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San Diego Researcher Will Send Flies Into Space For Science

Karen Ocorr dissects a fruit fly in her lab, May 19, 2017.

Photo by Nicholas McVicker

Above: Karen Ocorr dissects a fruit fly in her lab, May 19, 2017.

A San Diego researcher is sending flies into space for science.

Karen Ocorr studies fruit flies in her lab at the Sanford Burnham Prebys Medical Discovery Institute. And soon, a batch of her flies will be on their way to the International Space Station (ISS).

This will be her second experiment involving flies in space. Her goal is to understand how a low gravity environment can affect the fruit fly's heart.

A small box full of vials containing about 2,000 flies — some with normal heart-related genes and others with mutations known to affect heart health — will spend a month on the ISS.

After the flies return to Earth, Ocorr hopes to test their hearts and study their overall physical health. She also plans to let them reproduce so she can study their offspring and see if the stresses of space can somehow be passed down to subsequent generations.

Curiosity about basic biology is driving the research, but Ocorr said the findings could also turn out to be relevant for any astronaut embarking on a long-term trip to Mars.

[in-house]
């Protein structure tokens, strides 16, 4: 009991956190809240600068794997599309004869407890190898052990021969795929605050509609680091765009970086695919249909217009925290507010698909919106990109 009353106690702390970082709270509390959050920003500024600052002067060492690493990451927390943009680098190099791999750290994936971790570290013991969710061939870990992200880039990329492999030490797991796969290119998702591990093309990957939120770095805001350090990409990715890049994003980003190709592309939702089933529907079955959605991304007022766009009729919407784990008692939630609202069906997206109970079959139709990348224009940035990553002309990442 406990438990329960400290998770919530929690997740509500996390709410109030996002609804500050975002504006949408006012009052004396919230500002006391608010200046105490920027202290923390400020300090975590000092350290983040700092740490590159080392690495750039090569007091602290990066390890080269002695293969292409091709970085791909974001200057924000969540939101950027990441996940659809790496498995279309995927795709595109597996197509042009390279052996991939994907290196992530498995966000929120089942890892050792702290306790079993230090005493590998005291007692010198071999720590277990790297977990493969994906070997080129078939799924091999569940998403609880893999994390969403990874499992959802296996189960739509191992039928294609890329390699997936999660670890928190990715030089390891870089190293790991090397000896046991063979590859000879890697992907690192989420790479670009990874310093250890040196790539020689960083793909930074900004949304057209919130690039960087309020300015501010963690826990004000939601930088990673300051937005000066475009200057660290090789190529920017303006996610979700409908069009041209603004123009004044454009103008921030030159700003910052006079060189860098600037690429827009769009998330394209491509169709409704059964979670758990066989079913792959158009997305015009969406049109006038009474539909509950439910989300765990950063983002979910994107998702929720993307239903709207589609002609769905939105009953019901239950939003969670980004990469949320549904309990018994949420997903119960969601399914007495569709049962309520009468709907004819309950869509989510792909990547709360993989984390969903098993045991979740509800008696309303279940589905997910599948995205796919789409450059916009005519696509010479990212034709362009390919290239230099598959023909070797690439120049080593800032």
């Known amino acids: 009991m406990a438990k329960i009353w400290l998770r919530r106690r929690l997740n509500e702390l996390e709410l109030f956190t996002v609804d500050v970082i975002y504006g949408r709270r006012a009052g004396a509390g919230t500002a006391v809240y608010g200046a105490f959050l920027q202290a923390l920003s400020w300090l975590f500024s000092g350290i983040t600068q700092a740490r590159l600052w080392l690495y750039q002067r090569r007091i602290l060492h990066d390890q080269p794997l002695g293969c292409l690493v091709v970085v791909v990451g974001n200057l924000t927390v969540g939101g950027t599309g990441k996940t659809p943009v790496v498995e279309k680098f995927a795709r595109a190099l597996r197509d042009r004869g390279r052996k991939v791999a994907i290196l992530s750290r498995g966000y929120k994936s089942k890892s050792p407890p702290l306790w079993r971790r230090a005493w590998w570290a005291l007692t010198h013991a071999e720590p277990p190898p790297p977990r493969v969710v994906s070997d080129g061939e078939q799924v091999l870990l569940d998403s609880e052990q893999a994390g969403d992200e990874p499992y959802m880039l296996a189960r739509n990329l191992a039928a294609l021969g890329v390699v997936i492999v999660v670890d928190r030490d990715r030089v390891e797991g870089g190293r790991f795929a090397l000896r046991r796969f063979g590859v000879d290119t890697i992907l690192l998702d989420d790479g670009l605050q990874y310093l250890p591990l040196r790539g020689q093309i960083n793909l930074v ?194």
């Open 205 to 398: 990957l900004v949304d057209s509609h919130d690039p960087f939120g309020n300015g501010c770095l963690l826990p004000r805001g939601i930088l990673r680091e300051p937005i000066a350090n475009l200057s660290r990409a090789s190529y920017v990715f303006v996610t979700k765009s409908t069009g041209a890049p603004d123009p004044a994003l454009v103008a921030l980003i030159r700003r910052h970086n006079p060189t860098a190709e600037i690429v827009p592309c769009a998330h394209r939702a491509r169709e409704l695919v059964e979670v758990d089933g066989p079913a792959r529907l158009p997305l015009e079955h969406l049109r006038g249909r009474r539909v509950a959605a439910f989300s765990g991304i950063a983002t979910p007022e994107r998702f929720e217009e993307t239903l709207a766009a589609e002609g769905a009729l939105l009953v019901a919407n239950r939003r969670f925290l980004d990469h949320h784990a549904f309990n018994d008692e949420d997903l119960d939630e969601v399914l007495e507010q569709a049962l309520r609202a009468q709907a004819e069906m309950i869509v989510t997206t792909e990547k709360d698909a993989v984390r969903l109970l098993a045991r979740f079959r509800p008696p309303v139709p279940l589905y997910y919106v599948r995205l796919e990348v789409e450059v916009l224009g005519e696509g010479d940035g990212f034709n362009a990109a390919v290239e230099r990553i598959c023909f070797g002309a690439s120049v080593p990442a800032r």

"If there are effects that we can document from flies that spend most of their life in microgravity, then that gives us an idea of what things we need to worry about happening to humans," she said.

Reported by Nicholas Mcvicker

Ocorr will travel to the Kennedy Space Center in Florida to help NASA prepare the experiment. If everything goes according to plan, the flies will blast off on a SpaceX rocket on June 1.

Ocorr said this is a unique opportunity. Resources, space and astronauts' time are limited on the ISS, and this will be the only fruit fly experiment included on this trip.

"If we know the cellular target that's being altered by microgravity, then we can design drugs to combat whatever that effect is. Or we can at least be aware of it and monitor it and hopefully prevent cardiac problems in future astronauts," she said.

San Diego Researcher Will Send Flies Into Space For Science

GUEST:

Karen Ocorr, senior communications manager, SDG&E

Transcript

Curiosity about basic fruit fly biology is driving the research, but a local scientist says the findings could also turn out to be relevant for any astronaut embarking on a long-term trip to Mars.

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